Can You "Sour" Almond Milk With Vinegar?

by Fred Decker

    Aside from its value as a beverage, milk is one of the kitchen's most useful baking ingredients. It adds richness, protein and moisture to many recipes, and buttermilk or soured milk reacts with baking soda to help recipes rise. For vegan bakers or the lactose-intolerant, almond milk is a versatile replacement for dairy milk. It can be used as a direct replacement for regular milk, either fresh or soured.

    Although non-dairy milks might seem to be a modern, highly-processed food, almond milk has a long history. It's been used as a milk substitute for centuries, either because milk was unavailable or on religious fast days when it was forbidden. It's made by soaking almonds overnight in water, then pureeing the soggy kernels with additional cold water and straining out the gritty almond meal. The fats, proteins, calcium and other solids in the nuts form a durable suspension in the water, closely resembling dairy milk in composition. It can be consumed as a cold beverage, added to coffee, poured over cereal and even thickened into custards.

    Many recipes call for buttermilk or deliberately soured milk to complement the baking soda and help the dough or batter rise. The acidity in the milk, whether natural or added by the baker, reacts with the alkaline baking soda to produce bubbles of carbon dioxide gas. The trapped bubbles lift the dough and give it a light and airy texture. Adding an acidic ingredient such as vinegar or lemon juice to almond milk has the same effect, and substituting almond milk will have minimal effect on the volume and lightness of the finished product.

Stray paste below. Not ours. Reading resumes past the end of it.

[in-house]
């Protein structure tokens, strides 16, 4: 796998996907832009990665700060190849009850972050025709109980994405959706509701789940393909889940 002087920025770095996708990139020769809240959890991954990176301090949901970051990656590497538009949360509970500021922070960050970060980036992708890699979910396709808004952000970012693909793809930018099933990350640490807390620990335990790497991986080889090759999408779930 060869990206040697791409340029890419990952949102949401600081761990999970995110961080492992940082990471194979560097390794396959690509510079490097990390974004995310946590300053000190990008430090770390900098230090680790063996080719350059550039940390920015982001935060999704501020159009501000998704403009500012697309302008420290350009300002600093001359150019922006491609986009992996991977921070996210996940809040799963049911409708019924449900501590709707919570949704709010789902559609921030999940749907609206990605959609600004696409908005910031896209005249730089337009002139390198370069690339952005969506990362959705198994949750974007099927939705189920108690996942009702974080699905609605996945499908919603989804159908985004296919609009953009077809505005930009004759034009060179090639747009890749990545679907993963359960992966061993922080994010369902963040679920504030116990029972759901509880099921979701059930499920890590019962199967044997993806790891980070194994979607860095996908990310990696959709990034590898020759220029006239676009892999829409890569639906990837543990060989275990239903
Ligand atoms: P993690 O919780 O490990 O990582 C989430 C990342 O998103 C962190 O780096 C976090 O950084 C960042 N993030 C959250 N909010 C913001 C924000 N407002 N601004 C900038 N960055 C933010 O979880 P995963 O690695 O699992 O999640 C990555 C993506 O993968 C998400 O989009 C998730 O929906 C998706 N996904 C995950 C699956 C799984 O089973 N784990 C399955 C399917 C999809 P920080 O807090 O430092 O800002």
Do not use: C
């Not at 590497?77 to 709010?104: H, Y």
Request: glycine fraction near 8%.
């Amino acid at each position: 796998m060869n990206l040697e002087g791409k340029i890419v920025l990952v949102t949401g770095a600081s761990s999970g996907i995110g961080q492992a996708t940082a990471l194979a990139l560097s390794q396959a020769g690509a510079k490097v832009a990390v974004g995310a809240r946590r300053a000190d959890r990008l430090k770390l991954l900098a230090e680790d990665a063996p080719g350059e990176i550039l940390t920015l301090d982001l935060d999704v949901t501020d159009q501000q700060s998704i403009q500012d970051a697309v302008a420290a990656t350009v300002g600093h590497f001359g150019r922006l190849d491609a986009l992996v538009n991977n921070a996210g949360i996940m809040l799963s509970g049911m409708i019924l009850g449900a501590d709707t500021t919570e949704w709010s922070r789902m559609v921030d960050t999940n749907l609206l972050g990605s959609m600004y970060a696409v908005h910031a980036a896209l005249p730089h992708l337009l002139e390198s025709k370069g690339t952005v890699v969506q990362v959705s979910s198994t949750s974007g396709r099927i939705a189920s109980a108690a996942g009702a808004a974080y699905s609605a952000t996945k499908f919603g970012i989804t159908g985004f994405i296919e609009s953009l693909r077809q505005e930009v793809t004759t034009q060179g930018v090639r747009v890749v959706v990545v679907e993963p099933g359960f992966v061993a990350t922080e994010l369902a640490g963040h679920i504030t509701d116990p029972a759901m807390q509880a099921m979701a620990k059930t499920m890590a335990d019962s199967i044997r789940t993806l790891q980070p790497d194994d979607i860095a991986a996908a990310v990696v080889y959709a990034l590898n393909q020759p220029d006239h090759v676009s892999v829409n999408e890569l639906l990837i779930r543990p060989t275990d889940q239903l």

If your original recipe called specifically for soured milk and you've substituted plain almond milk, the flavor of your baked goods should be very similar. Almond milk is a less-satisfactory substitute for buttermilk, which adds a distinctively rich tang. Using a good, unfiltered apple cider vinegar to sour the almond milk can help, because the vinegar adds complex, fermented flavors of its own. You can also sour a sweetened or vanilla-flavored almond milk if that's all you have available, but you should slightly reduce the sugar or vanilla in your recipe to compensate.

    Although almond milk is a close substitute for milk in most respects, its makeup is not entirely identical. Dairy milk is higher in both fat and protein, which can have an effect on the outcome of your baking. If you find that your baked goods are slightly drier and chewier than they should be, increase the fat in your recipe sightly to replace the missing fat in your milk. Baked goods with almond milk tend not to brown as readily, which you can correct by increasing the sugar slightly or -- if appropriate -- brushing the tops of your baked goods with a beaten egg.

    References

    • On Food and Cooking: The Science and Lore of the Kitchen; Harold McGee
    • The Joy of Vegan Baking: The Compassionate Cooks' Traditional Treats and Sinful Sweets; Colleen Patrick-Goudreau

    About the Author

    Fred Decker is a trained chef and certified food-safety trainer who has written and blogged on food-related topics since 2007. Previously he sold computers, insurance and mutual funds. Decker was educated at Memorial University of Newfoundland and the Northern Alberta Institute of Technology.

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